Analysis: Chipmakers given a glimmer of hope
The semiconductor business is going through a horrendous time, but market-watchers think the worst may soon be over.
Market analysts are forecasting a slow return to growth for chip sales from the middle of this year, believing the worst of the economic storm is already overhead. With investment in production capacity at an all-time low relative to sales, 2010 could see the return of shortages and price hikes. But only after one of the worst years ever for chipmakers.
Analysts such as Future Horizons and IC Insights are forecasting a double-digit slump in sales in 2009 compared with 2008, even with last year unexpectedly several percentage points down on 2007.
Malcolm Penn, president of Future Horizons, said the industry was derailed by the sudden onset of the recession. "It could have been such a good year last year. The industry was in fundamentally good shape. But everything went horribly wrong in September. The abruptness of the downturn has caught everyone by surprise. The speed of the collapse has been unprecedented: there was no slowdown, it simply stopped."
Bill McClean, president of IC Insights, said: "The semiconductor industry is very much wedded to the second half of the year, so this one really hurt."
Penn said the fourth quarter of 2008 was 23 per cent down on the third. "It has never been a double-digit drop before," he claimed. As a result, a year that was meant to see moderate growth actually registered a decline in the chip business.
The first quarter is equally bad. "We thought the industry would decline on the order of 20 per cent in the first quarter," said Penn, basing the estimate on forecasts by bellwethers such as Intel and foundry TSMC. He added that the market should have bottomed by the second quarter although there is still potential for a further fall.
In contrast to many previous slumps in the semiconductor business, which are often triggered by inventory build-ups, this one is accompanied by a fall-off in demand among the equipment builders. McClean claimed electronic systems sales are expected to be down 6 per cent this year. "This is only the third time: the other two times were in 2001 and 2002," he noted. "It is very rare that electronic system spending goes negative."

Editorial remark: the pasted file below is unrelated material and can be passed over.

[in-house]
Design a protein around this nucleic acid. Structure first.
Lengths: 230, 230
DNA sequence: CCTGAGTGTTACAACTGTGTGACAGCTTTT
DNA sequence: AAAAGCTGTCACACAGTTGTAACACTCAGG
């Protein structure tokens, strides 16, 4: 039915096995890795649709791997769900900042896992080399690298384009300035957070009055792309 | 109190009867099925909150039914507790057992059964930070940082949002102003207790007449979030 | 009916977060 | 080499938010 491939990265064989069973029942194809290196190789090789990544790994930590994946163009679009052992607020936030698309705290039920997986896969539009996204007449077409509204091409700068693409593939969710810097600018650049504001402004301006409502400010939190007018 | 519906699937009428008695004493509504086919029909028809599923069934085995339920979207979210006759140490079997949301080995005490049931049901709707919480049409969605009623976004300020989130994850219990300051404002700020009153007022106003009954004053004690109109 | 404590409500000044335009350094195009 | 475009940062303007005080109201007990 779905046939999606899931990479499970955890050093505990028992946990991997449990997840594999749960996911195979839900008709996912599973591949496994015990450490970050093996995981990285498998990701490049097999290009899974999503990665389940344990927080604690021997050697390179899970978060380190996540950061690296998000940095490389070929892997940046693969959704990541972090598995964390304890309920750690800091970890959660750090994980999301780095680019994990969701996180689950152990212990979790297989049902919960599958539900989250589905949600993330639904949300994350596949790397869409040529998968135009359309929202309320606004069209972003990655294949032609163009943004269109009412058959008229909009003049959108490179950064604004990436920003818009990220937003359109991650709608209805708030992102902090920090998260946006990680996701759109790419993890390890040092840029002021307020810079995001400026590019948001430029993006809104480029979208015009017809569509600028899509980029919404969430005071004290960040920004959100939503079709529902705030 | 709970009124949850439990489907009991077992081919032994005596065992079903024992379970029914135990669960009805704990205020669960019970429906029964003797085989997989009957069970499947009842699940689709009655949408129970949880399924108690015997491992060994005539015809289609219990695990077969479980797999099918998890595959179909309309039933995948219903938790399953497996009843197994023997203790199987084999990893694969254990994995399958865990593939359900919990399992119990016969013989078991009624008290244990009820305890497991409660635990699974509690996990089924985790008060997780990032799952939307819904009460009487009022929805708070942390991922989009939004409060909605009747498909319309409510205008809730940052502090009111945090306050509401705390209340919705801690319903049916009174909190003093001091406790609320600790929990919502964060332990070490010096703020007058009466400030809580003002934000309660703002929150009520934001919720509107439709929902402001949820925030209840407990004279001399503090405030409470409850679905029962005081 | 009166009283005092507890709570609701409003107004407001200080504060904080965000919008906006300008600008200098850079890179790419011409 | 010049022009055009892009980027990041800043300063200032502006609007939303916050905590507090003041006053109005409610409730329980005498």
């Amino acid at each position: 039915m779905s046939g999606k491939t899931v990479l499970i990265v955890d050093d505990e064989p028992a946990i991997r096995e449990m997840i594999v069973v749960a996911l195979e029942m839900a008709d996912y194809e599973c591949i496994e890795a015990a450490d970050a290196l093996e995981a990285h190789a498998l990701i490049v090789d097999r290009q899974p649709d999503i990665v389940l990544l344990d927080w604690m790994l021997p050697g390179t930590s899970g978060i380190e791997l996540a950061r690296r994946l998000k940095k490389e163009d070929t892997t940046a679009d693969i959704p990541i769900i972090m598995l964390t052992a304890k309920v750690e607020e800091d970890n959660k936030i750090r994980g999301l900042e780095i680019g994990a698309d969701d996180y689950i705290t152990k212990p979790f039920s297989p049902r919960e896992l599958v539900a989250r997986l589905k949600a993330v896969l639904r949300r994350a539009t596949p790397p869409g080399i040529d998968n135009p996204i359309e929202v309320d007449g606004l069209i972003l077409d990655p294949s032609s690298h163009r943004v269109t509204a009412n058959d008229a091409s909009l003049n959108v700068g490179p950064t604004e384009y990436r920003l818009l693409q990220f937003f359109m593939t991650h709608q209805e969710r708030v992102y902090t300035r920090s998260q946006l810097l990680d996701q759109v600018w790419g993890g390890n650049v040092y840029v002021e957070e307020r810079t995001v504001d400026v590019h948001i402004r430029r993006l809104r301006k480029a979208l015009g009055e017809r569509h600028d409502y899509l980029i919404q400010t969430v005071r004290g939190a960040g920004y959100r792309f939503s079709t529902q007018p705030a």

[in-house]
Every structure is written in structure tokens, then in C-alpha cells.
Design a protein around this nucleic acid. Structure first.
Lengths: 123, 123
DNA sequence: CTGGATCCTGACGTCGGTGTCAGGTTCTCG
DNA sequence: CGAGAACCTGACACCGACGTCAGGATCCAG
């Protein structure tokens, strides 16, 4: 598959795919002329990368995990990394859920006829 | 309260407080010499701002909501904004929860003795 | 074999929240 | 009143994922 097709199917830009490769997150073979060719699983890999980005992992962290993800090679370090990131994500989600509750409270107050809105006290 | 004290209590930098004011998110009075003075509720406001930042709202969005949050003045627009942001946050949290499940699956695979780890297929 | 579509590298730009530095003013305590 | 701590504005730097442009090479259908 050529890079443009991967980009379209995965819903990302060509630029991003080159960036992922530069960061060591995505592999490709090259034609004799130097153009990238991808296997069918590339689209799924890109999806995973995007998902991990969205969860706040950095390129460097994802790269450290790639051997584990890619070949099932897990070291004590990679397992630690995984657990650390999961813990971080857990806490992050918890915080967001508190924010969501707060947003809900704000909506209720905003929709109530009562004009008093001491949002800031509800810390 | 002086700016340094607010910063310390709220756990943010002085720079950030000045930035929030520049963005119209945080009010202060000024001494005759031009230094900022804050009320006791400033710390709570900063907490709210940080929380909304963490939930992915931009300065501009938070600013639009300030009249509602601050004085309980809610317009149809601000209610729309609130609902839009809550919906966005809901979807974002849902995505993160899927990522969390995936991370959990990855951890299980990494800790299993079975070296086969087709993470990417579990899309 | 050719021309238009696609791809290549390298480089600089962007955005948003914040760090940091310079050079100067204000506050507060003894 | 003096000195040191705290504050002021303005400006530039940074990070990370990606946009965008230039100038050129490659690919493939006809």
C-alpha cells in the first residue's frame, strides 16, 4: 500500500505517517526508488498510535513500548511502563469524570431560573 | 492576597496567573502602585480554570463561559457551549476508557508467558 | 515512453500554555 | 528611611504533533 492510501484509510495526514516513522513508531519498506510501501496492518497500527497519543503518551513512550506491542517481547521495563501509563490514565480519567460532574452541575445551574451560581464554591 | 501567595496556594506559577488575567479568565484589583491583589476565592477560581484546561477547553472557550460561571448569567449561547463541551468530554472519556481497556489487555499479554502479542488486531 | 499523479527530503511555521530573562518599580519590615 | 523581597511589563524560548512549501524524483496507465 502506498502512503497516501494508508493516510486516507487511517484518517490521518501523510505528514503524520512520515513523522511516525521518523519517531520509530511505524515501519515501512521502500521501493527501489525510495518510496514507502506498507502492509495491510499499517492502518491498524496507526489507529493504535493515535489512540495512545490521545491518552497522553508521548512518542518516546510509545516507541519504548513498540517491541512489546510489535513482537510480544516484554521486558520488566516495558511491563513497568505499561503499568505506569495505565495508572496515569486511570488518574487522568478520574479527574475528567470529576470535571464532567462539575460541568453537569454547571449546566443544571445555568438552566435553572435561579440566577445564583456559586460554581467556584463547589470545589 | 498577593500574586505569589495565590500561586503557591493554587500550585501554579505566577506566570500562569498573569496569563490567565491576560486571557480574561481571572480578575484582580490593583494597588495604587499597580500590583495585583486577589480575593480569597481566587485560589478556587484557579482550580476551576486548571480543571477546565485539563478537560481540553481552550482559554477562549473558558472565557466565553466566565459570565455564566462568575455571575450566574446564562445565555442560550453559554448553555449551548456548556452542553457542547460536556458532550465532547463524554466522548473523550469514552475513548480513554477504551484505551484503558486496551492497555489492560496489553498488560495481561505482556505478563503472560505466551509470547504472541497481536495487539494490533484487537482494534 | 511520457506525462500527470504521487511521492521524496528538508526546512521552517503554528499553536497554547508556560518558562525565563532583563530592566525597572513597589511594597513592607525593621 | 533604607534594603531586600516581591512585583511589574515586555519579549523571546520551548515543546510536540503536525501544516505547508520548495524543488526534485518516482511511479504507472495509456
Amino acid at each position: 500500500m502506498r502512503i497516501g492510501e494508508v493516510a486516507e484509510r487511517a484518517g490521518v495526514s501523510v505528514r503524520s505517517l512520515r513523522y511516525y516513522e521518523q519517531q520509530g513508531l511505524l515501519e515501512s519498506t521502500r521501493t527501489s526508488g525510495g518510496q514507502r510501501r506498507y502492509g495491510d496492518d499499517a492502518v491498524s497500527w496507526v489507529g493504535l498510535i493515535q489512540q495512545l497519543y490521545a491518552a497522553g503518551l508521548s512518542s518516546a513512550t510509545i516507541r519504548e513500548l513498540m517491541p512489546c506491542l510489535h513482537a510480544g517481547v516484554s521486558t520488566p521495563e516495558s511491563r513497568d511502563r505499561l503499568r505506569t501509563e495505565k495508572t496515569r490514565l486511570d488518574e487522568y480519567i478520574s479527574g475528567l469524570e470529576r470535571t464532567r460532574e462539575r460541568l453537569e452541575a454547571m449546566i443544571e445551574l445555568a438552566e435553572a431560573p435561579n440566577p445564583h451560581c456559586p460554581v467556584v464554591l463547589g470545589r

The problem for forecasting the state of the industry lies in determining how far systems sales during the boom were above long-term growth trends. Fuelled by easy credit, consumer electronics benefited, pushing the chip market along. McClean said: "Shipments grew 14 per cent during the period 2005 to 2007. Our position is that this trendline could not be sustained. But we weren't shipping above underlying demand. The underlying demand changed. What we are struggling with as a forecaster and an industry is: where will this line drop to?"
Many eyes are on TSMC and what it forecasts for shipments from its fabs in the second quarter. IIR Group said it expects the foundry to report its first net loss since 1990 for the first quarter after a collapse in utilisation, thought to have fallen as low as 50 per cent from 100 per cent just a few quarters ago. "We continue to believe that TSMC is positioned better in the foundry sector than any of its peers. We believe that the sector will reach its trough in 1Q09 before gradually moving to a recovery path over the year, as foundry customers begin to replenish inventory," said the firm in a statement.
If the storm passes by the end of the first quarter, Penn projects a flat second quarter followed by moderate rises in sales for the second half of the year. Because of the slump from the end of last year, Future Horizons expects little better than a fall of 28 per cent from 2008 sales. IC Insights is looking at a decline of up to 22 per cent, which could drop to 30 per cent if world gross domestic product for 2009 flattens relative to the current International Monetary Fund forecast of a rise of just 1 per cent. But, viewed on a quarterly basis, much of the worst could already have passed.
"From now until the end of the year, I think things will get much better," said McClean. "I believe the bottom is the first half of the year. I believe we will see a strong second half."
From there, shortages could emerge. "We are going to take capacity offline during 2009. That is a very rare event. We are going to shut fabs and not add any 300mm capacity," McClean claimed.
Some companies may not survive the storm to profit from rising prices driven by capacity shortages. Memory maker Qimonda has already gone into administration.
"The industry as a whole is in good shape," said Penn. "But some companies are in very poor shape."
McClean explained: "Why the downturn is hurting the semiconductor industry so hard is that we didn't have the boom before the bust. Last time, in 2000, that gave companies money to go into the recession. With this one we went in with a very mediocre market. Now companies are going into survival mode.
"In a way it is good because we didn't get the inventory build, but we don't have the cash reserves either," McClean added.